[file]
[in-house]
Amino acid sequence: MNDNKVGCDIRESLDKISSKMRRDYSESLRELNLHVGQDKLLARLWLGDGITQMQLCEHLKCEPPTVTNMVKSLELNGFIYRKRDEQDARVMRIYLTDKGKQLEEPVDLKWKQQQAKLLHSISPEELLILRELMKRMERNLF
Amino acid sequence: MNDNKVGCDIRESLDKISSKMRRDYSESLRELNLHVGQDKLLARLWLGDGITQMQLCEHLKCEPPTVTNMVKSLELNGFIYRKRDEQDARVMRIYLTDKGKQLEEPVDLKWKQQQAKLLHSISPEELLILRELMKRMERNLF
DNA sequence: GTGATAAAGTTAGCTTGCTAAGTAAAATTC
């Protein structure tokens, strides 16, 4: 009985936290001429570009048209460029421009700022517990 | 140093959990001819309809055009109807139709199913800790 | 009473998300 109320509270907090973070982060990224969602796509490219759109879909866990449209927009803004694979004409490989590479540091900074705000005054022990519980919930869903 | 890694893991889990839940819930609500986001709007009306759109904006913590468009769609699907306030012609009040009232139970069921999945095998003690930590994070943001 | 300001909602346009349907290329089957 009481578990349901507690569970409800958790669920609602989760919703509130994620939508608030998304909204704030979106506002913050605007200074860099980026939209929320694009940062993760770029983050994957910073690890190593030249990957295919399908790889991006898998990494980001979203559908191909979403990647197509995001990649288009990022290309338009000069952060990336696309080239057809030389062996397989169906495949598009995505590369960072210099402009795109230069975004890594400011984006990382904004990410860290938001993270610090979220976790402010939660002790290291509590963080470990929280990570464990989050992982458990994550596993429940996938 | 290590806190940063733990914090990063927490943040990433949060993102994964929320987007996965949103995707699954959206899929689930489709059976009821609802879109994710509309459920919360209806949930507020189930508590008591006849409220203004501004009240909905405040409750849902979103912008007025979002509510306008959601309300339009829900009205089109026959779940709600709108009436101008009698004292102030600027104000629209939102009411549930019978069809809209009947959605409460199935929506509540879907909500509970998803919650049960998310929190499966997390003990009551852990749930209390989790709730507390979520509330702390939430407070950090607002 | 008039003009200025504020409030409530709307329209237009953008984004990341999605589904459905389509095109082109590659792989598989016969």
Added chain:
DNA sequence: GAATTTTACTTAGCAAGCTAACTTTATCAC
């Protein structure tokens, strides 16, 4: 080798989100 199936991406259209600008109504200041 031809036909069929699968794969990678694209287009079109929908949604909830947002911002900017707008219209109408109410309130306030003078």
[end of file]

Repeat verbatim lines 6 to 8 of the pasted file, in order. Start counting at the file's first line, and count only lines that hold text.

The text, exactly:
Added chain:
DNA sequence: GAATTTTACTTAGCAAGCTAACTTTATCAC
């Protein structure tokens, strides 16, 4: 080798989100 199936991406259209600008109504200041 031809036909069929699968794969990678694209287009079109929908949604909830947002911002900017707008219209109408109410309130306030003078």